{{featured_button_text}}

We the people of the United States, in order to ensure the welfare and prosperity of ourselves and our posterity, do demand that the 2016 presidential candidates submit plans to reduce the runaway federal budget deficit.

That is the message voters should deliver loud and clear to Hillary Clinton and Donald Trump, each of whom has so far responded to the growing deficit with promises that would actually increase it.

Shortsighted. Irresponsible. But true.

The federal budget deficit had faded into the background of political discussion recently because it had been decreasing since 2009. But a sharp change in direction is occurring this year. A new Congressional Budget Office projection shows the deficit growing to $590 billion by the end of the year, up more than 33 percent from last year. Furthermore, CBO projections show annual deficits continuing to rise to $1.3 trillion by 2026, equal to 86 percent of the value of all the goods and services the country produces in that same year.

Our national debt, the accumulation of annual deficits, is already $19.5 trillion. For a family of four, the share of the debt is almost a quarter of a million dollars — and growing.

Some policymakers have downplayed the deficit by pointing out that we owe the national debt to ourselves. There is some truth in that. Taxpayers owe the money to bondholders. About two-thirds of the bonds are held by U.S. entities, ranging from Social Security trust funds to pension funds to the Federal Reserve. Foreign buyers hold the other third of bonds.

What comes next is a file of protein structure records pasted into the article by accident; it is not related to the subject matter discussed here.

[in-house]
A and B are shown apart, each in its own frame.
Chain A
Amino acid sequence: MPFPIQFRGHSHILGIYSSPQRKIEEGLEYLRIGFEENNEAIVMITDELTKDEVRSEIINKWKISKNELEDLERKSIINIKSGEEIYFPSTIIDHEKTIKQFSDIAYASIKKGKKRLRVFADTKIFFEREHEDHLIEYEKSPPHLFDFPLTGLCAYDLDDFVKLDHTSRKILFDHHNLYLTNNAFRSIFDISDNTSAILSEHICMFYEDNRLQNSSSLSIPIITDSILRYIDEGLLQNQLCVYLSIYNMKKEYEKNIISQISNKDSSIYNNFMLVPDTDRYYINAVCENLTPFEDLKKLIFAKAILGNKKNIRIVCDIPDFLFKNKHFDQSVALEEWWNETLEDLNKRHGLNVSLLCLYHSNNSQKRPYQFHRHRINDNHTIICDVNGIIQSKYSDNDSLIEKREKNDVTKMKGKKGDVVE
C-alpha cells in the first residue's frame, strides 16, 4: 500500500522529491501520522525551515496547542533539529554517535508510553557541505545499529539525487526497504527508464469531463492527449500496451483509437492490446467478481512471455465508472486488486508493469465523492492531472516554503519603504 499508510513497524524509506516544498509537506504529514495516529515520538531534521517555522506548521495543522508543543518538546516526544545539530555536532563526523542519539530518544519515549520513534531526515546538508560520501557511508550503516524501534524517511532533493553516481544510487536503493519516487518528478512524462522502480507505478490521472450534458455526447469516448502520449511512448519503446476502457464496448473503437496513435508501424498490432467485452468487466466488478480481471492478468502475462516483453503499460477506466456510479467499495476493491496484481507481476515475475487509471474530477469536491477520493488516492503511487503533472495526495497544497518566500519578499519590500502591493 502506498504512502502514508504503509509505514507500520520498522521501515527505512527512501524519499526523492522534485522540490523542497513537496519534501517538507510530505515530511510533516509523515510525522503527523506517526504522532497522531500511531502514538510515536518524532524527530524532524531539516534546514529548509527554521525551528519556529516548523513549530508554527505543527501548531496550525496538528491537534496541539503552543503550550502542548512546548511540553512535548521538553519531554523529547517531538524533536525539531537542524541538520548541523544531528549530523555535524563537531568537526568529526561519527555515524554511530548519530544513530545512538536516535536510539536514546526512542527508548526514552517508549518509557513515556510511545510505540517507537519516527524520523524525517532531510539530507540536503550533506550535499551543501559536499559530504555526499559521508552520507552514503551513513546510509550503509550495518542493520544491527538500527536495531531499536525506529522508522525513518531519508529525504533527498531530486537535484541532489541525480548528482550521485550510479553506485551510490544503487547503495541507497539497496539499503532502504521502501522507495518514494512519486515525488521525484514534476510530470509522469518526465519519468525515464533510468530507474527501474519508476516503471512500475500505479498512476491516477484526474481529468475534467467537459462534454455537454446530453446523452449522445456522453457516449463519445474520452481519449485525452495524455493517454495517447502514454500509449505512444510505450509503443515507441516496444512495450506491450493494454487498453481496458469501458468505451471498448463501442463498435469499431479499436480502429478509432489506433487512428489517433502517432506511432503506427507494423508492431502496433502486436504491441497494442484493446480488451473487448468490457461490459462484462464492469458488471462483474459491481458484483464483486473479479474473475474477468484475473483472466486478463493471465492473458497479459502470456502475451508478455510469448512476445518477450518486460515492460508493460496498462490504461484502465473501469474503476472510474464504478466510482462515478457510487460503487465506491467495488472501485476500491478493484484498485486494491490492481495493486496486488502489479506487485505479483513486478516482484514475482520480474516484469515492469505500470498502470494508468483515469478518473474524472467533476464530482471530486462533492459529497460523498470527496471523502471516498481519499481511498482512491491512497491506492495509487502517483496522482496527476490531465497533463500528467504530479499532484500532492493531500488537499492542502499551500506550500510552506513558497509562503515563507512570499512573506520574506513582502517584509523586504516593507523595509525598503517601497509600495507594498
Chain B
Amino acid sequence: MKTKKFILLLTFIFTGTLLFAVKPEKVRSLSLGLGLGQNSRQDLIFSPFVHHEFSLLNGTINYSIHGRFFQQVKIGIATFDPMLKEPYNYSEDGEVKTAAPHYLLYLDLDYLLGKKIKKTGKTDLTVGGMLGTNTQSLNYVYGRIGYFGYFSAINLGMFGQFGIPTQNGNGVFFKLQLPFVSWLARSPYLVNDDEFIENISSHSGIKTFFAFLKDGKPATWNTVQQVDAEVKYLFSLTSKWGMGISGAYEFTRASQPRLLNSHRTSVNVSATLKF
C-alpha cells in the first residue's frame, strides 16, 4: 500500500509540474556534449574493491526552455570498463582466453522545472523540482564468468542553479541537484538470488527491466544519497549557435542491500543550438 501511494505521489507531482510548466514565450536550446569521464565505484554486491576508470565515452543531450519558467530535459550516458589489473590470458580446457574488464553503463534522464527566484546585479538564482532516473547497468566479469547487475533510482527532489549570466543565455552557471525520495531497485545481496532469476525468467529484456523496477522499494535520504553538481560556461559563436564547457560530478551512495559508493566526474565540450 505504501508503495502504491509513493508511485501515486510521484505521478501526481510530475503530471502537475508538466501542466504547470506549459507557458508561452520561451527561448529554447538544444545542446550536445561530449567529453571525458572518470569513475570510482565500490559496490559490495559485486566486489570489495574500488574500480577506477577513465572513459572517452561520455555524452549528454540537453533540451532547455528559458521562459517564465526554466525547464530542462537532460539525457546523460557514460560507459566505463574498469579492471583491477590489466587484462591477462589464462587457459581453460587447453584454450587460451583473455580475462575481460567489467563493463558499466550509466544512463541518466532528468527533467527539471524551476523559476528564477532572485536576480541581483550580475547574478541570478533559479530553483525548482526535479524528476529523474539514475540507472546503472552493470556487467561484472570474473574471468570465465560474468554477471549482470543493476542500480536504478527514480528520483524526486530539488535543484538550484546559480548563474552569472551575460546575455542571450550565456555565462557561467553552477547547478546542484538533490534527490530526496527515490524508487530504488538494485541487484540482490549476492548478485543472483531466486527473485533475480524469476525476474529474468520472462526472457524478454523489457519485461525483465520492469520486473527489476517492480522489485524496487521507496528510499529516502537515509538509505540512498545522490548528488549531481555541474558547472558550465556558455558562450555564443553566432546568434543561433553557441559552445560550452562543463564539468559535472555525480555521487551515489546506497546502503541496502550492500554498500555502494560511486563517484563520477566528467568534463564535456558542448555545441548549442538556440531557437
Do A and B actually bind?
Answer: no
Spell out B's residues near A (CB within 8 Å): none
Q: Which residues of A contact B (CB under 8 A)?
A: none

You have free articles remaining.

Become a Member

But if the government continues to run deficits, as though the debts never need to be paid, two things happen. First, taxpayers are hit with ever-higher interest payments, socking each generation with higher costs. About 14 cents of your tax dollar already goes to interest payments. Second, bondholders lose confidence, and the country faces a day of reckoning.

The better option is to reduce deficits through lower spending and increased tax collections. The longer we wait, the more drastic the tax hikes and spending cuts must be, and the worse the consequences for future generations.

Yet, Trump and Clinton are proposing to not only wait, but also make things worse, according to independent analyses. Trump is proposing a tax-cut plan, which he says will stimulate economic growth and increase tax collections. However, the tax cuts are so steep that, even accounting for increased economic growth, his plan would add $10 trillion to the debt over the next 10 years, a sum that cannot be overcome by his promises to close tax loopholes and eliminate waste and fraud.

Clinton proposes increasing tax collections by about $1.5 trillion over 10 years. But she also promises $2.2 trillion in new spending for a net debt increase of more than $700 billion.

As irresponsible as their campaigns have been on deficit reduction, they are typical of politicians who disdain the long-term health of the nation in favor of what they believe will get them elected now. Voters won’t get anything better unless they demand it.

(0) comments

Welcome to the discussion.

We welcome reader interaction. What are your questions about this article? Do you have an idea to share? Please stick to the topic and maintain a respectful attitude toward other participants. (You can help: Use the 'Report' link to let us know of off-topic or offensive posts.)